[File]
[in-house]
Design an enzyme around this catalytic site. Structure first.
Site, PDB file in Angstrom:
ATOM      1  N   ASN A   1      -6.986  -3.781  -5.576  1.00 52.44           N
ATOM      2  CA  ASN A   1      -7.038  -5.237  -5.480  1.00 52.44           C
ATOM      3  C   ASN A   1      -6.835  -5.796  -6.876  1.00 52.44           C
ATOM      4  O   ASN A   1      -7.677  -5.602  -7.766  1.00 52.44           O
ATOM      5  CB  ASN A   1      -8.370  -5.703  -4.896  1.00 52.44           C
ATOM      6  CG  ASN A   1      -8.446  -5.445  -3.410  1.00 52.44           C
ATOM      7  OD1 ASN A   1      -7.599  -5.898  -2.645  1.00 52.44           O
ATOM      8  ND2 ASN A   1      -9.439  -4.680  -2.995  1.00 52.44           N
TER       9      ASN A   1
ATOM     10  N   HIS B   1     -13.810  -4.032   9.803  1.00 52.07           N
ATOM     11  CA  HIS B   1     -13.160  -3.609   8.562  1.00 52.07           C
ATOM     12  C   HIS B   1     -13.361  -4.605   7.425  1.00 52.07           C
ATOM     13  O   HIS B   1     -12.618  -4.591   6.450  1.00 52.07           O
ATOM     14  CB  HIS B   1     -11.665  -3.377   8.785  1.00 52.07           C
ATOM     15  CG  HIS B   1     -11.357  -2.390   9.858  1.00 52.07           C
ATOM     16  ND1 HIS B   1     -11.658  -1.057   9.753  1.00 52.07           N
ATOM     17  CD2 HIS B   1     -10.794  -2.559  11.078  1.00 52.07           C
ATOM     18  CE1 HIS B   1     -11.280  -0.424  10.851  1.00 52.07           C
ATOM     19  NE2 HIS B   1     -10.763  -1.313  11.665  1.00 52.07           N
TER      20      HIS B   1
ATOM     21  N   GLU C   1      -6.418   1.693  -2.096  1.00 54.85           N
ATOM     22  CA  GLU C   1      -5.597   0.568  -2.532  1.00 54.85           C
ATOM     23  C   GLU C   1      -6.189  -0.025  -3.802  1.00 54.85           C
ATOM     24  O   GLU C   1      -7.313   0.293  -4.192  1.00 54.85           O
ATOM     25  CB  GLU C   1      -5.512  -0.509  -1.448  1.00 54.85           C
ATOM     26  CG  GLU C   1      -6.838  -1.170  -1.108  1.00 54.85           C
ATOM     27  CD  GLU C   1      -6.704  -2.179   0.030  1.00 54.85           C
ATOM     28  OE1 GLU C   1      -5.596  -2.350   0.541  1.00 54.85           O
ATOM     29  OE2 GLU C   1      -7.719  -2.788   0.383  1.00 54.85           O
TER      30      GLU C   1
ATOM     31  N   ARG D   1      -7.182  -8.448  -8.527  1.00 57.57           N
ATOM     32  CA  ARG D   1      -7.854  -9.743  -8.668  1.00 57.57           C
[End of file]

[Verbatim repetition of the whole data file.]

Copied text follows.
[in-house]
Design an enzyme around this catalytic site. Structure first.
Site, PDB file in Angstrom:
ATOM      1  N   ASN A   1      -6.986  -3.781  -5.576  1.00 52.44           N
ATOM      2  CA  ASN A   1      -7.038  -5.237  -5.480  1.00 52.44           C
ATOM      3  C   ASN A   1      -6.835  -5.796  -6.876  1.00 52.44           C
ATOM      4  O   ASN A   1      -7.677  -5.602  -7.766  1.00 52.44           O
ATOM      5  CB  ASN A   1      -8.370  -5.703  -4.896  1.00 52.44           C
ATOM      6  CG  ASN A   1      -8.446  -5.445  -3.410  1.00 52.44           C
ATOM      7  OD1 ASN A   1      -7.599  -5.898  -2.645  1.00 52.44           O
ATOM      8  ND2 ASN A   1      -9.439  -4.680  -2.995  1.00 52.44           N
TER       9      ASN A   1
ATOM     10  N   HIS B   1     -13.810  -4.032   9.803  1.00 52.07           N
ATOM     11  CA  HIS B   1     -13.160  -3.609   8.562  1.00 52.07           C
ATOM     12  C   HIS B   1     -13.361  -4.605   7.425  1.00 52.07           C
ATOM     13  O   HIS B   1     -12.618  -4.591   6.450  1.00 52.07           O
ATOM     14  CB  HIS B   1     -11.665  -3.377   8.785  1.00 52.07           C
ATOM     15  CG  HIS B   1     -11.357  -2.390   9.858  1.00 52.07           C
ATOM     16  ND1 HIS B   1     -11.658  -1.057   9.753  1.00 52.07           N
ATOM     17  CD2 HIS B   1     -10.794  -2.559  11.078  1.00 52.07           C
ATOM     18  CE1 HIS B   1     -11.280  -0.424  10.851  1.00 52.07           C
ATOM     19  NE2 HIS B   1     -10.763  -1.313  11.665  1.00 52.07           N
TER      20      HIS B   1
ATOM     21  N   GLU C   1      -6.418   1.693  -2.096  1.00 54.85           N
ATOM     22  CA  GLU C   1      -5.597   0.568  -2.532  1.00 54.85           C
ATOM     23  C   GLU C   1      -6.189  -0.025  -3.802  1.00 54.85           C
ATOM     24  O   GLU C   1      -7.313   0.293  -4.192  1.00 54.85           O
ATOM     25  CB  GLU C   1      -5.512  -0.509  -1.448  1.00 54.85           C
ATOM     26  CG  GLU C   1      -6.838  -1.170  -1.108  1.00 54.85           C
ATOM     27  CD  GLU C   1      -6.704  -2.179   0.030  1.00 54.85           C
ATOM     28  OE1 GLU C   1      -5.596  -2.350   0.541  1.00 54.85           O
ATOM     29  OE2 GLU C   1      -7.719  -2.788   0.383  1.00 54.85           O
TER      30      GLU C   1
ATOM     31  N   ARG D   1      -7.182  -8.448  -8.527  1.00 57.57           N
ATOM     32  CA  ARG D   1      -7.854  -9.743  -8.668  1.00 57.57           C